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Month: August 2021

Chocolatine or Pain au Chocolat

By Camille Masson

When one thinks of the French language, they typically think of Paris, France, and fine food. However, there are many other places where French is used, namely in the Canadian province of Québec. However, there are important differences between Québécois French and European French that can be found in their idioms, phonetic inventory, and grammatical structures. For example, in Québécois spoken French can differ greatly from written French, as written French tends to be more “standard” and will usually follow the guidelines emitted by “L’Académie Française”.

Unfortunately, it is quite frequent for language learners to be unaware of these differences, and this can lead to confusion when the time comes for those learners to practice their French in Québec!

This year, I had the chance to meet one exchange student who was learning French, and a few exchange students from France. Through meeting these students, I realized I needed to adapt my French for both the French learner, and for the students from France even though we both spoke the same language. This experience sparked my interest in sharing a few differences between Québécois French and European French. The differences I will write about here are only a few examples and may vary depending on the context of use. After all, people usually do not speak to their boss the same way they would speak to their friends!

It’s over, Anakin, I have the high ground

“It’s over, Anakin, I have the high ground”

“Tá sé críochnaithe” translates literally as “is her completed”. críochnaithe is derived from críoch which means boundary or end.In Irish the verb always comes first. For adjectives and past participles (like completed) you must use the word “tá” which is cognate with Spanish estar. In Spanish estar is used for temporary states but in Irish its just used for adjectives.If you want to use a copula with nouns, you have to use “is”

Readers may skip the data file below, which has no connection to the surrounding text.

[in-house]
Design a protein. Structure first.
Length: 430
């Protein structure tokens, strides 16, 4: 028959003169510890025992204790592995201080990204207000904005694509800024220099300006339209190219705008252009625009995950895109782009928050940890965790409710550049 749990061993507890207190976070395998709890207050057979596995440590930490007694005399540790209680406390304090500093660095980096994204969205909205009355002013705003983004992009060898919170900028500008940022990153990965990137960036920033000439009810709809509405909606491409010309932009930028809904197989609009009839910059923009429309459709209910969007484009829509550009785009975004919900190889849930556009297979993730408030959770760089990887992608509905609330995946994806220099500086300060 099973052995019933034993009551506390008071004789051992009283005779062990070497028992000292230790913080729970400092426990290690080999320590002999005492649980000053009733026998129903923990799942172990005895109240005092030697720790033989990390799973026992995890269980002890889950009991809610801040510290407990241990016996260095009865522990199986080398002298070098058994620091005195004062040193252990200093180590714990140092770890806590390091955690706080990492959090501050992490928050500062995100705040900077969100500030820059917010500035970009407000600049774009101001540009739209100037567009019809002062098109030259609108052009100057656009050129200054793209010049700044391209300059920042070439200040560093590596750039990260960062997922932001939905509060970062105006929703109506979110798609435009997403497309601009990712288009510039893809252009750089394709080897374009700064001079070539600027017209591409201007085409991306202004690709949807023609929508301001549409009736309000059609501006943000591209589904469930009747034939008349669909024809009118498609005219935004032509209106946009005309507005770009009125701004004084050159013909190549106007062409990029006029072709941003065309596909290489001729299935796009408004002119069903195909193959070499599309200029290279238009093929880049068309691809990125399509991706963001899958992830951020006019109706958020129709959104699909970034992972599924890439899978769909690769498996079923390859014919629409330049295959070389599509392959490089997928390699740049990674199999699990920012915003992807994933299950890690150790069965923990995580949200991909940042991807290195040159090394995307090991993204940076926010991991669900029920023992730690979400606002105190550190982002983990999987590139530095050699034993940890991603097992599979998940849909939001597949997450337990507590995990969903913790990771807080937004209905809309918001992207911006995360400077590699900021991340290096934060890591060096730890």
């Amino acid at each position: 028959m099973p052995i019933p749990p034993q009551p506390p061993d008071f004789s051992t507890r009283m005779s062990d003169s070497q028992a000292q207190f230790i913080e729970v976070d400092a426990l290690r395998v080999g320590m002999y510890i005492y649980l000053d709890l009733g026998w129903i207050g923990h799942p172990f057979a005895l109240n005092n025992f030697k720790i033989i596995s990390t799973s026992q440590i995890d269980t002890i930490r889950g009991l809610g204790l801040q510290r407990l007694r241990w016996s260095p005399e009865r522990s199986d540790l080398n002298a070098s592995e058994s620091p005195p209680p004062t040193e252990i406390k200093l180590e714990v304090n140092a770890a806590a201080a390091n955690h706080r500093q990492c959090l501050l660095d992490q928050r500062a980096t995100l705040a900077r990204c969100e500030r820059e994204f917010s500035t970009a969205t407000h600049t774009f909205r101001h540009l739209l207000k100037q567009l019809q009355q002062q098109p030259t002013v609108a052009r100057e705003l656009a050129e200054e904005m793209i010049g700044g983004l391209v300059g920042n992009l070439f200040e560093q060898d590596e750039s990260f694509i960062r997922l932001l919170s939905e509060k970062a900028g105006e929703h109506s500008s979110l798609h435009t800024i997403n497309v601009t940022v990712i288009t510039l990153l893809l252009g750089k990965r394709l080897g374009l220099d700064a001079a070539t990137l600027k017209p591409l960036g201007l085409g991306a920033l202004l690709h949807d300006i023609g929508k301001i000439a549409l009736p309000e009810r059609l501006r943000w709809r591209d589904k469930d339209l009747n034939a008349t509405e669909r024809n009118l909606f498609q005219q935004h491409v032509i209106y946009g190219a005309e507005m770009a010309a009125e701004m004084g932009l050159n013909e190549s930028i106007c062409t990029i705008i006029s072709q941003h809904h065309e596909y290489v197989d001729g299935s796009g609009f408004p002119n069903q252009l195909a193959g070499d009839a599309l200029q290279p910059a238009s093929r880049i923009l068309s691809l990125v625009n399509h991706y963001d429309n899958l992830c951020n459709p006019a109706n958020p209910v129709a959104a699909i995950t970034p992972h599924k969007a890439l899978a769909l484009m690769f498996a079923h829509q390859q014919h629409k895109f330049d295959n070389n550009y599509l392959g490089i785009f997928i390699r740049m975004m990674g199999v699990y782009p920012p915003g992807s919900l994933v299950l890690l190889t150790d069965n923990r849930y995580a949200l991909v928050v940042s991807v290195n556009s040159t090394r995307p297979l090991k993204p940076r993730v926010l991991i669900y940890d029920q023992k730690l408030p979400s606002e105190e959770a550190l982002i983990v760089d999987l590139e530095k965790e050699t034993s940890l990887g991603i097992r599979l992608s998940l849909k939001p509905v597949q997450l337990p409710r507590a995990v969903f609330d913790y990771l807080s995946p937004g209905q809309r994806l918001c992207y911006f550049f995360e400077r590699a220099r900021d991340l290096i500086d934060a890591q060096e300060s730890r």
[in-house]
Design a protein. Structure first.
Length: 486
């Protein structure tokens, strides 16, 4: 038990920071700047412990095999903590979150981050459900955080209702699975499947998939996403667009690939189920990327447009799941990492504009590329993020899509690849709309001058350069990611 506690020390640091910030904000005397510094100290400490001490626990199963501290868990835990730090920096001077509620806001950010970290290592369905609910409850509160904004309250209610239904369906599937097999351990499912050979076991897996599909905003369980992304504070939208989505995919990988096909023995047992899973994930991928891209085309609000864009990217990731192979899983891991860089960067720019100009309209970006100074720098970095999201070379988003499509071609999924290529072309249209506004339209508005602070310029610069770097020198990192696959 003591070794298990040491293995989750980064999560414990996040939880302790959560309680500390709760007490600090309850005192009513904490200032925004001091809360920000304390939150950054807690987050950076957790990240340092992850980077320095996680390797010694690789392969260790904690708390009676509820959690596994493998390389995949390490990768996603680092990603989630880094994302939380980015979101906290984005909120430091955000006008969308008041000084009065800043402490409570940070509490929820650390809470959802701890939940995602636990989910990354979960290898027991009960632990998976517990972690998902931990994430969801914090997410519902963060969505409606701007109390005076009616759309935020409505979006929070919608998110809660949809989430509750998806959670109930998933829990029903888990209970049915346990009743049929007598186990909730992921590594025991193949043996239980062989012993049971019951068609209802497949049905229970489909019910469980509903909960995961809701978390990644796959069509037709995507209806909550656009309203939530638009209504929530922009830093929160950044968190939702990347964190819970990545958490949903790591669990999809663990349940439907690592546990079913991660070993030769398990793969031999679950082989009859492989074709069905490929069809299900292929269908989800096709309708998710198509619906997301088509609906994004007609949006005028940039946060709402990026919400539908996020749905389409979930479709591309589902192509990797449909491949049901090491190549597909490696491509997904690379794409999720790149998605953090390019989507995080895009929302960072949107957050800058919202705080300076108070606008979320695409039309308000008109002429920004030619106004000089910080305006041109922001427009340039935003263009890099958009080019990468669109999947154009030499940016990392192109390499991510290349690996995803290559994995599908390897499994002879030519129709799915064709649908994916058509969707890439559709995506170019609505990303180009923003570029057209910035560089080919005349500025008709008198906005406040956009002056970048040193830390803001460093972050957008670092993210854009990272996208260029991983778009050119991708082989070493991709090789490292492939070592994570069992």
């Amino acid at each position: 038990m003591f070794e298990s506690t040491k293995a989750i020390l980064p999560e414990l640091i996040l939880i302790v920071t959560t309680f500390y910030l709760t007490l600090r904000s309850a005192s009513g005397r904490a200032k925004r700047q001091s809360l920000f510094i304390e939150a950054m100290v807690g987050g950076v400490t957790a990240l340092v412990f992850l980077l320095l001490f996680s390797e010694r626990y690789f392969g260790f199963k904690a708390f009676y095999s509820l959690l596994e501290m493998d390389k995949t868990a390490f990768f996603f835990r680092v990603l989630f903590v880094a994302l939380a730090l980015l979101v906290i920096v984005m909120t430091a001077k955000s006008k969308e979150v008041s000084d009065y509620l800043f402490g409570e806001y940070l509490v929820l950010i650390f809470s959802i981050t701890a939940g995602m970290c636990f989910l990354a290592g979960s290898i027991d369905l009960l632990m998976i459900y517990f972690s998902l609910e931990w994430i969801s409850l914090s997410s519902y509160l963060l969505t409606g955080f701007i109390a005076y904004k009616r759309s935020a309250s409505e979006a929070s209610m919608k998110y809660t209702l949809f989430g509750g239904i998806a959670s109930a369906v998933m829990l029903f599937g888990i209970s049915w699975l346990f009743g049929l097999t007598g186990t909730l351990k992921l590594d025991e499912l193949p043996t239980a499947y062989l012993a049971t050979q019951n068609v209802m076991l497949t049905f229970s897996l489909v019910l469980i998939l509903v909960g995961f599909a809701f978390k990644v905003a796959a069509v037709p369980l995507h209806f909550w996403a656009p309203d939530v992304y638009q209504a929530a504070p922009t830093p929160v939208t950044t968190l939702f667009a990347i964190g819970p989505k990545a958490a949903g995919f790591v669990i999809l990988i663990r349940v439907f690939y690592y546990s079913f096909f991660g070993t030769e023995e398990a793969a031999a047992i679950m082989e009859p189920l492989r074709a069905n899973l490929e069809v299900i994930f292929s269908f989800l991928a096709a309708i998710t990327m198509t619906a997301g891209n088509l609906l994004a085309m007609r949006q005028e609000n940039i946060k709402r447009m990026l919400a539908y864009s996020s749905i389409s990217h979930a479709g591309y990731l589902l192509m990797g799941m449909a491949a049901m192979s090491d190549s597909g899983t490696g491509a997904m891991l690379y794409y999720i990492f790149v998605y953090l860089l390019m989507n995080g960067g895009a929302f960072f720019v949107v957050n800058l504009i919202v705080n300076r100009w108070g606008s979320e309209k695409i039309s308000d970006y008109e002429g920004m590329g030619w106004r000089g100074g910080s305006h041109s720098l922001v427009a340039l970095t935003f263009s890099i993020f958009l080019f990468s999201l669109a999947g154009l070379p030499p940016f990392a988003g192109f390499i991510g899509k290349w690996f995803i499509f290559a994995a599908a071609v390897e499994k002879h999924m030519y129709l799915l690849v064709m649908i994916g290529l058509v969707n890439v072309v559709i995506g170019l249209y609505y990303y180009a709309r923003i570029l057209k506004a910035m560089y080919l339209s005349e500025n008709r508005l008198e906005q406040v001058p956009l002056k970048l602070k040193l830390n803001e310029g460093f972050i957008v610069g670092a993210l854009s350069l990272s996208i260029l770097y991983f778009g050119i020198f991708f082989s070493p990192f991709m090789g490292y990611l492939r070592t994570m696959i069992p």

“Is fear mé” “I am a man”

“Is bean mé” “I am a woman”

But”Tá mé ard” “I am tall””Tá mé gearr” “I am short”

Irish doesn’t have an indefinite article. If you want to refer to a noun indefinitely you just write the noun by itself with no article.”an” is the definite article. The adjective “ard” (high, tall) comes after the noun, like in Romance languages.”agam” is derived from “ag mé” which means “on me”. Literally it means “is the land tall on me” or “I have the high ground””A Anakin” in the middle is the vocative case. “a” is the vocative particle. “a” causes lenition so “Mary” (in the vocative) becomes “A Mhaire” pronounced like “a wear-uh” (in English style spelling)